When the once-notorious computer hacker Marcus Hutchins was arrested by FBI agents in August 2017, he was staying in a Las Vegas mansion. Years earlier, as a precocious 16-year-old, Hutchins had accepted thousands of dollars in bitcoin to develop what eventually became the Kronos banking trojan. His dark secret was unknown to anyone except a single dark web contact who led agents to his arrest.
Today, society is full of people like Hutchins who are just a little better at hiding. They might be the elusive rich guy living on your street. They might be the sandal-wearing hipster who sits in the corner of your local coffee shop. No matter how they appear, they are the mafiosos and kingpins of our time, and their victims are global businesses and consumers.
As the cybercriminal underclass grows, so, too, does the black market for malware, exploits and sensitive data harvested from major organizations. And although it’s comforting to think that holding a Fortune 500 banking institution for ransom requires God-like powers, it doesn’t — all it requires is a lack of moral scruples and the basic know-how to exploit backdoor channels hidden across all modern websites and apps.
In the first half of 2021, the frequency of ransomware attacks increased by nearly 100% from the year before, with an average cost (including payout and recovery) of $2 million. One of these incidents stands apart for a surprising twist in the story: The parties responsible apologized for their actions.
DarkSide, the Russian-based hacking group behind the May 2021 ransomware attack on Colonial Pipeline, operates on a ransomware-as-a-service model, “renting” their code out to anonymous clients in exchange for payment. Following the attack, DarkSide claimed ignorance that its victim was a public utility, providing oil and gas across the eastern United States.
Dubious as that claim may be, it is far from impossible. The number of professional cybercriminals acting on a rental model has exploded, accounting for two out of every three data breaches in 2020. These ventures can achieve high levels of automation, offering everything from control of large botnets to zero-day attacks and “trusted insiders.”
With these shadow markets in place, hacking skills aren’t needed to target a business or its customers: nation-states, terrorist groups and profit-seekers can infiltrate a business by simply paying someone else to do it for them. But where do professional cybercriminals get the resources to offer their services consistently, at scale? The answer is buried in nearly every website you visit.
The Backdoor Channels To Your Website
Despite the amount of news coverage devoted to cyberattacks, no amount of awareness seems to stunt their growth. Approximately 50% of CEOs plan to increase their cybersecurity investment in the near future, and the government pours billions into it every year. Yet, the number and scale of data breaches continue to climb, barely fettered by any counter-efforts.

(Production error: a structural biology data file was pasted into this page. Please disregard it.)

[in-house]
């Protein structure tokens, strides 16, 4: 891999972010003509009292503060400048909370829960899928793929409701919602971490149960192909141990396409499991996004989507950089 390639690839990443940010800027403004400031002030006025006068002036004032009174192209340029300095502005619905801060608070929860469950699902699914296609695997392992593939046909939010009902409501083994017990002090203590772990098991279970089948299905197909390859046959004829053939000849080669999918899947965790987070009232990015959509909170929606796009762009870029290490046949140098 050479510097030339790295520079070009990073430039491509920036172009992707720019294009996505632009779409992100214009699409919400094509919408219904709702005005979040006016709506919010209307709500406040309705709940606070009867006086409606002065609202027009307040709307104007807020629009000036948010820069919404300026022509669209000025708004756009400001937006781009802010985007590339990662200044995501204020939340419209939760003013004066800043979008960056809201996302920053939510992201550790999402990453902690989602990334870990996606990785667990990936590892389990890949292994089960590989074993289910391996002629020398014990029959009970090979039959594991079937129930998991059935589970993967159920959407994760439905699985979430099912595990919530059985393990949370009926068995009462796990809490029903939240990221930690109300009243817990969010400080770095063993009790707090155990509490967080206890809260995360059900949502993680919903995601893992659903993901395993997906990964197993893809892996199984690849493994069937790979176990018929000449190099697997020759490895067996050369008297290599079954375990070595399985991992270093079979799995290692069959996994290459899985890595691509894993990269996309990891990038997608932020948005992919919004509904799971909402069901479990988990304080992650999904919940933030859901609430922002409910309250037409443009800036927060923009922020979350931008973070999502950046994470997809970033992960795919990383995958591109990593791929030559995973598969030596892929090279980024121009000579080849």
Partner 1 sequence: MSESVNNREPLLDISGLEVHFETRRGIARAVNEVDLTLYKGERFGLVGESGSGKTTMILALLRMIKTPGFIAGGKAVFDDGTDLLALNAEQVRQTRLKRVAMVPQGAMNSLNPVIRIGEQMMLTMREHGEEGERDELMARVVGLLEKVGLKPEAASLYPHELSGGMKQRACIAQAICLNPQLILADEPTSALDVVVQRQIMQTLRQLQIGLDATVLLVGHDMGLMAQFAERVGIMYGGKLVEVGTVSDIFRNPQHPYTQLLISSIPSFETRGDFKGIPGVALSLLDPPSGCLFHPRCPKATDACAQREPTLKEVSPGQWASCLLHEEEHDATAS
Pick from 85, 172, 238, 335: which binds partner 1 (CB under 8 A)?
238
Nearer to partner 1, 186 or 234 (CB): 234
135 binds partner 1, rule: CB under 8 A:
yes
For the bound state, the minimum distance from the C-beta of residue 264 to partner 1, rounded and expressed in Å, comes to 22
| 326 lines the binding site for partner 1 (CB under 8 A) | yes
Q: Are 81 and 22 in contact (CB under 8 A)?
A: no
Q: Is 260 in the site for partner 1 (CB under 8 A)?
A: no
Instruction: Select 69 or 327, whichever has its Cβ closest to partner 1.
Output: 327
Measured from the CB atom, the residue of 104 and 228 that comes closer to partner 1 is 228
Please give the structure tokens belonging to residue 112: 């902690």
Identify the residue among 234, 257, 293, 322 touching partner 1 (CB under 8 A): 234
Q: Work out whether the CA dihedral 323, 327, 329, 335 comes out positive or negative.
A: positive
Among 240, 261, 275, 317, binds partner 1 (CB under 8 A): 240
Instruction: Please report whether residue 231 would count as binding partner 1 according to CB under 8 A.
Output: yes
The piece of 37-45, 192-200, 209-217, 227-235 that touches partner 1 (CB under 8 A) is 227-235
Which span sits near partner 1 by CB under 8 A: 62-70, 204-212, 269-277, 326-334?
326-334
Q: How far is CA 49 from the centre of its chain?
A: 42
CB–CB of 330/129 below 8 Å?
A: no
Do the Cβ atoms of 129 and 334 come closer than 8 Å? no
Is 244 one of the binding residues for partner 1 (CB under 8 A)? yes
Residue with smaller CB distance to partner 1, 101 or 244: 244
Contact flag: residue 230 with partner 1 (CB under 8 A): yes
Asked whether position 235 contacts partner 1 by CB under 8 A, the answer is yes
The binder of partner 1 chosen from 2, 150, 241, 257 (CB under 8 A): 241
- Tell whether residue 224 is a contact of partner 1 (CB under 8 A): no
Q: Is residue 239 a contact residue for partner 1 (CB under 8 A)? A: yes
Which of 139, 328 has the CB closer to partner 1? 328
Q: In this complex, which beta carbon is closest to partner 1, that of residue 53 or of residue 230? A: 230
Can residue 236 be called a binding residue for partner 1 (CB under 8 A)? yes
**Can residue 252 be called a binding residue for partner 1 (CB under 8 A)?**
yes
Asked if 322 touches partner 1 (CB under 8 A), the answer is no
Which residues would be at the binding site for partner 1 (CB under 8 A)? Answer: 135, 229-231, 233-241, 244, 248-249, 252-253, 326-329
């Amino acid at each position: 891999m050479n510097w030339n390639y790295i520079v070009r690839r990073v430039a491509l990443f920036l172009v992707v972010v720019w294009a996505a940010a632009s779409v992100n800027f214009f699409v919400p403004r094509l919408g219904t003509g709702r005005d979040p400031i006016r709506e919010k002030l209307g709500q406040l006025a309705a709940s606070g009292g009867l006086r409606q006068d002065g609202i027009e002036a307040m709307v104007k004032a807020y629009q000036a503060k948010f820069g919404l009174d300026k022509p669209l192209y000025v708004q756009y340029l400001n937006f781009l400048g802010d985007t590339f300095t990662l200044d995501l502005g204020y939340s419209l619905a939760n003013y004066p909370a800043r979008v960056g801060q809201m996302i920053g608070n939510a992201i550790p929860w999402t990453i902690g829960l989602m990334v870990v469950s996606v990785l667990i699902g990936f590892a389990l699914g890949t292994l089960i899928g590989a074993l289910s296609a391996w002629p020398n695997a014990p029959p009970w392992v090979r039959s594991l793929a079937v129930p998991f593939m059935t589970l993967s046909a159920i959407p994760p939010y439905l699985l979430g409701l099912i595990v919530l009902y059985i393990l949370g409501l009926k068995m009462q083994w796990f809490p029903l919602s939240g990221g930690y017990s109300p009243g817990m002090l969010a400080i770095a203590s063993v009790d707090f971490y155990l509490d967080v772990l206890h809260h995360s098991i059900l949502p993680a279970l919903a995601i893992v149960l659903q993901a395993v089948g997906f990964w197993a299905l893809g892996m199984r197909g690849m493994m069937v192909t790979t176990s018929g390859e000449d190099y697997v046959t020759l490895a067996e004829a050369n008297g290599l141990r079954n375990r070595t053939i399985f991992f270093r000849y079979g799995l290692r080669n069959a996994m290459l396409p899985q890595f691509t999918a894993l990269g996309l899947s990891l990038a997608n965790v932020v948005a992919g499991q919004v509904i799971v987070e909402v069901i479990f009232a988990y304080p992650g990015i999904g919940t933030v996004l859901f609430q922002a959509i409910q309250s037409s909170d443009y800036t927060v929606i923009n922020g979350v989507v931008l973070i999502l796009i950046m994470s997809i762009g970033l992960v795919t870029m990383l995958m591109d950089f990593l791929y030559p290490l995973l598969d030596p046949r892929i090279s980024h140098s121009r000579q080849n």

Although the reasons for this phenomenon are multifaceted, some are relatively straightforward: Major channels for malicious activity against businesses, consumers and government organizations are left almost completely unmonitored and unprotected. Take third-party code, for instance.
Today, nearly every website and mobile application depend heavily on third-party code to provide rich features like shopping cart and payment features, media rendering, advertising and customer support (including live and AI-based chat). In fact, up to 98% of websites are vulnerable to “client-side” attacks due to third-party vulnerabilities.
Not only can these backdoor channels be used to form botnets of user devices, skim credit card information and target delivery of ransomware to specific organizations, they can also be bought and sold like any other exploit, turning otherwise upstanding websites into pawns of the organized cybercriminal game.
The Web: The Next Frontier For Cybersecurity
Today, most CEOs have some level of cybersecurity consciousness. They are wary of phishing attacks via email. They ensure that antivirus software is deployed throughout their organization. Meanwhile, CSOs and CISOs encourage secure coding practices and strong passwords, and — following the attack on SolarWinds — they may even vet third-party software vendors.
But all of them have blind spots. The cybersecurity landscape is always changing, and email is no longer the most dangerous channel for phishing attacks or malware delivery — the web is. Proprietary code is no longer the greatest factor in customer safety or experience across websites and apps — third-party code is. That’s how ransomware as a service works.
Ultimately, today’s organizations have a wealth of tools at their disposal to handle traditional sources of risk, but few have looked for solutions to handle the risk emanating from their own digital ecosystems. Going forward, security-conscious executives must familiarize themselves with the vast infrastructure of digital third parties their business depends on and invest in solutions to detect malicious code before it executes. The safety of their customers depends on it.